Friday, June 21, 2019

In Hope and Story

We continue to look at books who inspire us. These past few years have been defined by an anger born of despair, and by a loss of kindness born from want of hope. Hope comes from many places: your family, your friends, your heart, your faith.

Where I find hope is in stories. 

Every writer and poet, every teacher and parent – everyone who has lived a life – knows that life isn’t always easy. Life isn’t without its fears and despairs. In fact, dare I say, it is impossible to experience life without experiencing pain. Complete freedom from pain, says Daniel Taylor (The Healing Power of Stories, 1996), means separating yourself from life.

Stories remind us what it means to be human. Not perfect, by any means. But certainly Human.

As Taylor suggests, we are the product of all the stories we have heard and lived. Our stories are interwoven, and we cannot live our stories separate from each other because we are characters in each other’s story.

Stories fill us with the courage to face life’s possibilities.

Stories show us the way to be more than what we are now. They remind us of what we are capable of doing, if only we work together. While there were many great and inspiring stories published, I am reminded of some favorite stories of hope, written by the master storyteller Monica Kulling. I've talked about Monica's grand books before. Her stories demonstrate what can happen when the best of humanity comes together. She is the master of biography. Her poetic narrative – a hallmark of all her books – breathes life to her characters as she explores the thematic values of determination and persistence.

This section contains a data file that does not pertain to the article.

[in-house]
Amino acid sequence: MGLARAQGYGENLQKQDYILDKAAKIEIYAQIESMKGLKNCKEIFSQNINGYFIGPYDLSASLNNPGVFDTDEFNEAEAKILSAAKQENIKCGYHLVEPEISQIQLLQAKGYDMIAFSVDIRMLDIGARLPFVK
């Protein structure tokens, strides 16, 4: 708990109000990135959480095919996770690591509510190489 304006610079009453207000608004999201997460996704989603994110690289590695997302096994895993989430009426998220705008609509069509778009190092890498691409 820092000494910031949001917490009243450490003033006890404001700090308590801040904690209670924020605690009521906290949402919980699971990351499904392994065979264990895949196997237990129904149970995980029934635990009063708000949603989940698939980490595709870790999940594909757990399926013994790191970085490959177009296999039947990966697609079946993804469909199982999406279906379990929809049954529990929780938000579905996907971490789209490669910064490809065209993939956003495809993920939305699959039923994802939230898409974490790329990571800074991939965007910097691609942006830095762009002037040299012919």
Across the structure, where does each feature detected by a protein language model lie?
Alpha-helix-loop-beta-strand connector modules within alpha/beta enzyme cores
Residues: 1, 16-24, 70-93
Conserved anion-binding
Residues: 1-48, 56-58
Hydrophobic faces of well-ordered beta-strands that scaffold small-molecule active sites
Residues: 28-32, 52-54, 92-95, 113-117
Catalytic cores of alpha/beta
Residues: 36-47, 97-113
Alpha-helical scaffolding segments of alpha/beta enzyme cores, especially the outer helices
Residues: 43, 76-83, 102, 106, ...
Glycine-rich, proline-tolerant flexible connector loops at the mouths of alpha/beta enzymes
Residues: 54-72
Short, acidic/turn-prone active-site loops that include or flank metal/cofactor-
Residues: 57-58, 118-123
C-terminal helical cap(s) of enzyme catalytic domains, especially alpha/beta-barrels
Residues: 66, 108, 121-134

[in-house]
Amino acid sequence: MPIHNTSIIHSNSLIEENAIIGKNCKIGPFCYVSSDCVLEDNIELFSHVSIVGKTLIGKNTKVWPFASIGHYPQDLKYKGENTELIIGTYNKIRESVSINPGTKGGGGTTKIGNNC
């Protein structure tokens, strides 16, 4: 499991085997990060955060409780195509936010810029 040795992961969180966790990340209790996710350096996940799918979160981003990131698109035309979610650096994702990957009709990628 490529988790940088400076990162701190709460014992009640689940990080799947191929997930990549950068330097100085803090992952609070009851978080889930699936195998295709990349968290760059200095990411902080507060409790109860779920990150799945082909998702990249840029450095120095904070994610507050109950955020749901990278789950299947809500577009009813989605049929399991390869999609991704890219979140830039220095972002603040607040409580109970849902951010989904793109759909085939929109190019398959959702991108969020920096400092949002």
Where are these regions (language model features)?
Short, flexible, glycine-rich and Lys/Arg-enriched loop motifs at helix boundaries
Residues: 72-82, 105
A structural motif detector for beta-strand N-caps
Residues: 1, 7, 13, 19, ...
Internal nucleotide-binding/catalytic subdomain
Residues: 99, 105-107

Grant and Tillie Go Walking, by Monica Kulling (July 2015), is a gently wise picturebook on the power of friendship. Grant Wood struggles to find his artistic voice and runs off to Paris to find himself. However, he soon discovers there is no place like home. He learns to be true to himself by painting what makes his heart sing. And in this case, it's beautiful and peaceful Tillie.

Monica excels at taking a moment in history, oftentimes a forgotten moment, and fashioning a story that is both compelling and informative. Her Great Idea Series, published by Tundra Books, is one of my favorite nonfiction series for young readers. The books showcase inventors and how they were inspired to create their inventions that, in many ways, changed the course of history. Monica’s fascination with the late 19th and early 20th centuries confined her research to that particular period. Monica researches extensively, using online and in print sources.

Inventors are clever, says Monica, and they are ingenious in finding ways to realize their dreams. She focuses on that ‘a-ha’ moment, when a great idea clicks in your brain and has you racing off in pursuit. These books include Going Up: Elisha Otis’s Trip to the Top (2012), illustrated by David Parkins, the story of the founding of the elevator, allowing skyscrapers to literally touch the sky. And one of my favorites, the award-winning In the Bag: Margaret Knight Wraps It Up (2011), also illustrated by David Parkins, tells the story about the young inventor of the folded paper bag who eventually owned over twenty patents.

That a-ha moment is hopeful, full of promise. Such moments show us the way to be more than what we are now. 

Wishing you many a-ha moments.

--Bobbi Miller


Carmela Martino said...

IN THE BAG is one of my favorite biographies for young readers. So glad you mentioned it! I'll have to check out GRANT AND TILLIE GO WALKING.

Mary Ann Rodman said...

Thank you, Bobbi! I too get much inspiration from the true stories of others. I need to check out these Monica Kuling books.

Monica Kulling said...

Thank you dear friend, Bobbi, for these kind words. And for keeping the faith! The road's certainly been rocky of late but we trudge on. Love to you, Monica Kulling